Liberalization of trade brought Japan demand from abroad and the opportunity to raise Japan's technological advancements to a world-class level. The introduction of large-scale power sources took place, which accelerated development of larger equipment.
This was the birth of articulate steering Wheel loaders. As its front body can turn at 34 degrees sideways, it was particularly useful in small spaces and on soft surfaces. Its digging power was superior to other domestic models which quickly led to replacing dozer shovels for crushing stones and collecting river gravel.
Bucket capacity: 1.9m3
Unlike today's Wheel loaders, the driver seat of these Pay loaders was located at the front frame. This means the joint of articulated steering was positioned behind the operator. International Harvester owned the patent for this, and it was said that an operator facing the same direction as the machinery made the work easier due to better visibility. On the other hand, it had its own problems such as the shock from the bucket to the driver's seat being strong and bigger sideways swing of the driver's seat when turning were pointed out.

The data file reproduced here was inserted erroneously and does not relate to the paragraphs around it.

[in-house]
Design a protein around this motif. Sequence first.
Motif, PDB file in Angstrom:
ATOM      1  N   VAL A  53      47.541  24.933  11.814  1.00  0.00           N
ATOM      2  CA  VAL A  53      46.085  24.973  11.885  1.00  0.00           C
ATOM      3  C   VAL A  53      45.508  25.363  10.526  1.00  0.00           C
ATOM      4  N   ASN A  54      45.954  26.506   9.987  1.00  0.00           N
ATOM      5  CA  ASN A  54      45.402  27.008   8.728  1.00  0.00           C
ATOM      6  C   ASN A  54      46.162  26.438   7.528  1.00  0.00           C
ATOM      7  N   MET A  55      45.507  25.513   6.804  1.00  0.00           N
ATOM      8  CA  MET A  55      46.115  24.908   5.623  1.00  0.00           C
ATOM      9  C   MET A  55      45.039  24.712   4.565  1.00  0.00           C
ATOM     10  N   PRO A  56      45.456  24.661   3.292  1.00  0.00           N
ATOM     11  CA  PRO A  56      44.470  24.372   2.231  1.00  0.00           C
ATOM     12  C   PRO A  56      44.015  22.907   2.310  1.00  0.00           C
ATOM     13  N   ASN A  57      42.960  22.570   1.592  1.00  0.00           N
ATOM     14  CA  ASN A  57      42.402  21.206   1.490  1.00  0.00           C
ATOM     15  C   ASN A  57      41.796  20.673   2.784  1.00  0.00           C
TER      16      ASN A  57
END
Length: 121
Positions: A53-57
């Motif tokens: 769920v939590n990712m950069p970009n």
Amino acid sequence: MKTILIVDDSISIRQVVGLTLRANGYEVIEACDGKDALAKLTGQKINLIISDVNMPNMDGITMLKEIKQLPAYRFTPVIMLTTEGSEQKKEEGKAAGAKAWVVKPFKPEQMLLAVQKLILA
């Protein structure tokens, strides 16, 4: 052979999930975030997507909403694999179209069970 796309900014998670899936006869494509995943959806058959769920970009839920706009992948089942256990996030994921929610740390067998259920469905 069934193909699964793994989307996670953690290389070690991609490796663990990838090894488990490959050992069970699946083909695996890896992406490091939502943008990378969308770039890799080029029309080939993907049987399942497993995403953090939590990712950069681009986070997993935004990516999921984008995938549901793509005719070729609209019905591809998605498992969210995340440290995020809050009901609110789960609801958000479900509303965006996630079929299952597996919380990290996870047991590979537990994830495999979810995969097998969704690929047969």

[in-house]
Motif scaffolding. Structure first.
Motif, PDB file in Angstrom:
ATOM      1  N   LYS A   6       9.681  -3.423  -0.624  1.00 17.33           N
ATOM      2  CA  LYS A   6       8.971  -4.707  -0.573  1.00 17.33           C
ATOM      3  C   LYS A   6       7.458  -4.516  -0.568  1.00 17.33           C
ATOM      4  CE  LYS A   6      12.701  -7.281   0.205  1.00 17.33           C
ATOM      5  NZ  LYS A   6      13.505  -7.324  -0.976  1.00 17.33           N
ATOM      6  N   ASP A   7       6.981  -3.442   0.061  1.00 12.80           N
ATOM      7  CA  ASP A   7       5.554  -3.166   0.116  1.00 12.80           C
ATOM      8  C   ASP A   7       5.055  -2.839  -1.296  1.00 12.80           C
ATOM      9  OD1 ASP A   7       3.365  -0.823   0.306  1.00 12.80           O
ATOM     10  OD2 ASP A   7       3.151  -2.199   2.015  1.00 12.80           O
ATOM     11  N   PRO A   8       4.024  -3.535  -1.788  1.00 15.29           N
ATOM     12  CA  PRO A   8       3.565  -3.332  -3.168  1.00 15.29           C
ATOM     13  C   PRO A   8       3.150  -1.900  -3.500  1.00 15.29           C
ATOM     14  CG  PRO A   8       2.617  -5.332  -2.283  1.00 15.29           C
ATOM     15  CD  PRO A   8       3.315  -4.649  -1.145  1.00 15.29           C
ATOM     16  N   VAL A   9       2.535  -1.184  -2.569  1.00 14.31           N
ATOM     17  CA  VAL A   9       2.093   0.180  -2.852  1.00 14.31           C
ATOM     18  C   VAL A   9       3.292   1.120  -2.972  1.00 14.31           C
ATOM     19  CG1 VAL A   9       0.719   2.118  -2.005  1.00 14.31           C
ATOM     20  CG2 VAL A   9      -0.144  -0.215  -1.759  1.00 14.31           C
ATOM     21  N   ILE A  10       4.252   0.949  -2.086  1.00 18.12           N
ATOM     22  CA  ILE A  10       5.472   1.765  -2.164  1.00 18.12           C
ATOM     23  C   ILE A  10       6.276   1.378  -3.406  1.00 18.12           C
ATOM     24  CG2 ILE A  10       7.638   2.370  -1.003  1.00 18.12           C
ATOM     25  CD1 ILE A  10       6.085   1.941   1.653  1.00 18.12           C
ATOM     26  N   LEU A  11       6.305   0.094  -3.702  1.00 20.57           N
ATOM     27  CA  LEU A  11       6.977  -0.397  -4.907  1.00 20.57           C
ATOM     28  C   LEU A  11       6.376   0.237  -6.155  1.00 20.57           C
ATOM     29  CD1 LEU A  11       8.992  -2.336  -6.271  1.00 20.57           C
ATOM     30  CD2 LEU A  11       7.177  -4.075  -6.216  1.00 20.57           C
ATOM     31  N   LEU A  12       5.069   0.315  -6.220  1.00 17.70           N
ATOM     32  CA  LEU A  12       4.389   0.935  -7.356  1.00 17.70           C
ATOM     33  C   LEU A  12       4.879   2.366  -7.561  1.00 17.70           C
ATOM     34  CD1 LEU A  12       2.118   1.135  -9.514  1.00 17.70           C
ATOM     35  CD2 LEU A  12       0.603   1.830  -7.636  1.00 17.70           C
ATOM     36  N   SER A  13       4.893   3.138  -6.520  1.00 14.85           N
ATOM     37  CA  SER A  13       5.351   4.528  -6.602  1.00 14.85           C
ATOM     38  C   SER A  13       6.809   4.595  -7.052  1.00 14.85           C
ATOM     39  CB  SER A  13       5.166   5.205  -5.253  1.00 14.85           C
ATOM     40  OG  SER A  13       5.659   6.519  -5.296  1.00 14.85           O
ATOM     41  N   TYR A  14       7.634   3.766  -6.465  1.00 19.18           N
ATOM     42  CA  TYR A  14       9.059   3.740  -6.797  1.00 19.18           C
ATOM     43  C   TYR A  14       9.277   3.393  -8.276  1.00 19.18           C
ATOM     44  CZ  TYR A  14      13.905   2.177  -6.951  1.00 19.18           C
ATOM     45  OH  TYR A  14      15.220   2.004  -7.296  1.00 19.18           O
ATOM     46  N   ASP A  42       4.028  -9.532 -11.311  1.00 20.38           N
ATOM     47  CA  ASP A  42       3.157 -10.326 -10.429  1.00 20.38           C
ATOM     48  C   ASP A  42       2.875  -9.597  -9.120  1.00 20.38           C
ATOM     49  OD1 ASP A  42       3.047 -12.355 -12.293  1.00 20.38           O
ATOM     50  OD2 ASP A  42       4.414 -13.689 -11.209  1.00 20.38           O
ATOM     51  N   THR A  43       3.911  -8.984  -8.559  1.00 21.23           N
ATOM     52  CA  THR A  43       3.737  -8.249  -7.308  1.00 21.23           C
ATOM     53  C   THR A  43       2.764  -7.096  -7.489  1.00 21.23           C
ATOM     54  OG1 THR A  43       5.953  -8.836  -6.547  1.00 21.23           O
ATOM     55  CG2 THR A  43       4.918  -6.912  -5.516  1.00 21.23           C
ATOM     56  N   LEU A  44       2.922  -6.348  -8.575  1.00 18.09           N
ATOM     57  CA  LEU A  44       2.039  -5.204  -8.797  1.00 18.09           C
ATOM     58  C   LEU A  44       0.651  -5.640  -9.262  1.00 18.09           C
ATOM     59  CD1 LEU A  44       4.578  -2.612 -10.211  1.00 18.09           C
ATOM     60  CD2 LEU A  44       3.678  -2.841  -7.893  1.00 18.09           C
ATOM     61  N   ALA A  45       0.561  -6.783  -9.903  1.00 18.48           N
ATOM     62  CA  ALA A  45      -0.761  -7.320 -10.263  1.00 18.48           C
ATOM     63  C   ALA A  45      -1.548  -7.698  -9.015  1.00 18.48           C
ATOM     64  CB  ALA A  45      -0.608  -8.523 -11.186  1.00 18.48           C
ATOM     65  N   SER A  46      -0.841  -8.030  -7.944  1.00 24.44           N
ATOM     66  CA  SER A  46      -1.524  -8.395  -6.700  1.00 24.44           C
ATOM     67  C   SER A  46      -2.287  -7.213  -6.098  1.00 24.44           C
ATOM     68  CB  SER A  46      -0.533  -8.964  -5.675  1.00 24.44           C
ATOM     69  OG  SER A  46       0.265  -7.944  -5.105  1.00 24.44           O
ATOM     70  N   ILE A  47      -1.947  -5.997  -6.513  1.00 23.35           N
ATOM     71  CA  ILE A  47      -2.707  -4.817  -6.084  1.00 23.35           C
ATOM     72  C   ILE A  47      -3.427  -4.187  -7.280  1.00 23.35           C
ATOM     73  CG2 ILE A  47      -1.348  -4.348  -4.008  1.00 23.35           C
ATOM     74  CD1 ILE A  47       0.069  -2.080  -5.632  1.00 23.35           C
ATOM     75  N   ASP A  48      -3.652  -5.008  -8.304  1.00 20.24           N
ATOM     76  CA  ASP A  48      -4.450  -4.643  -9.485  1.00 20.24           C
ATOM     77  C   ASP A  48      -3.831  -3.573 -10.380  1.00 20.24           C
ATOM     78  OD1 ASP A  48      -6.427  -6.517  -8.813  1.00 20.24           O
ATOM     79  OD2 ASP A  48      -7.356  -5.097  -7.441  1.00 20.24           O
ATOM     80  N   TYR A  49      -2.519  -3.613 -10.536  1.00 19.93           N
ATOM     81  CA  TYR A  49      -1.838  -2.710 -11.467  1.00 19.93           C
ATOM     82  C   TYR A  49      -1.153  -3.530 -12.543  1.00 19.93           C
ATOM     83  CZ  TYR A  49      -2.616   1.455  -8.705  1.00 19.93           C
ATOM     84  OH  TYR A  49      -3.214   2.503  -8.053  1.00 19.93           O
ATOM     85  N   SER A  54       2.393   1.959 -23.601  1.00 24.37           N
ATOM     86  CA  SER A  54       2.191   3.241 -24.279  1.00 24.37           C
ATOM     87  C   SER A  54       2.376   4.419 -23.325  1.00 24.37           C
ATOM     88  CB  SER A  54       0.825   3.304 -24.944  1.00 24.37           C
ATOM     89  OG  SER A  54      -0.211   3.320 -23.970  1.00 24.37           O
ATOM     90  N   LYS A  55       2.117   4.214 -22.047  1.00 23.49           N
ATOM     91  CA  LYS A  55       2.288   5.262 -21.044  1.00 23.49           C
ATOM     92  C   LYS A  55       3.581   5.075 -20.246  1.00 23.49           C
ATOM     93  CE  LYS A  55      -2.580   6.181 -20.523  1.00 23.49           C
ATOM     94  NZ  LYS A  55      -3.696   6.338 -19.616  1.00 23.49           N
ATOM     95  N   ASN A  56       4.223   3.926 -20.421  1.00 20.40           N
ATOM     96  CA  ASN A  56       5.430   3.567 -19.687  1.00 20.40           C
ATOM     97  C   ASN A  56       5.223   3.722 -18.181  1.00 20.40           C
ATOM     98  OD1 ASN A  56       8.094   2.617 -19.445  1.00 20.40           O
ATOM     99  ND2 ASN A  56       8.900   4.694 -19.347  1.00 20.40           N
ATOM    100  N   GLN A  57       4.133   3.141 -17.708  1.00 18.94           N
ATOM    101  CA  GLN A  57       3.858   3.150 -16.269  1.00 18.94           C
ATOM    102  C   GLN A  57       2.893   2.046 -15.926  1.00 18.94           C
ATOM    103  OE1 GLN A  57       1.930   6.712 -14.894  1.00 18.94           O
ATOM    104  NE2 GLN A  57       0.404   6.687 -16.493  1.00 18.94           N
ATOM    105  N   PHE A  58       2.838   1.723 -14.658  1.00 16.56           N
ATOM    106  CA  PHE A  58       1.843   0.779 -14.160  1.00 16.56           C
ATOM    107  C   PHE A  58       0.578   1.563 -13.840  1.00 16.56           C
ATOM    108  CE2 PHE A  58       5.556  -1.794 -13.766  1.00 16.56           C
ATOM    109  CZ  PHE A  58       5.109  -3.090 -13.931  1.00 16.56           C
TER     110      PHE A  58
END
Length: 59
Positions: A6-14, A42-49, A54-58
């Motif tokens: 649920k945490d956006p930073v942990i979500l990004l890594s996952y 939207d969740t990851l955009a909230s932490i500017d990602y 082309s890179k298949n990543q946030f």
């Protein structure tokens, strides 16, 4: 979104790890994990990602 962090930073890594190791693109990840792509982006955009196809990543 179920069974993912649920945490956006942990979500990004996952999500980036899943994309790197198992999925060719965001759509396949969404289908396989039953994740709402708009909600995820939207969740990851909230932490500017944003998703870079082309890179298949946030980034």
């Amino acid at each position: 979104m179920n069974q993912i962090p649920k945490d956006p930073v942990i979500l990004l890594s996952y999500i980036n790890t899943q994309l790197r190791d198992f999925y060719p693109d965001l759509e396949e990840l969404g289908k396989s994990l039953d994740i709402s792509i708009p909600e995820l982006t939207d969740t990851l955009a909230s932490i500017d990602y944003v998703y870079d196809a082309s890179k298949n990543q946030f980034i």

After all, Komatsu ended up not changing its design until they canceled the merger with International Harvester because of the business relationship, despite the fact that their design was the minority in the market.
It was 1949 when the first wheel loader was manufactured in Japan, however, it was not until mid 1960's when Komatsu entered the wheel loader market aligning with International Harvester. From JH series in the beginning, to the 500 series, to Komatsu's original WA series, our wheel loaders have met the needs of construction sites by scaling up, coping with the environment and adopting advanced technology such as mechatronics and IT.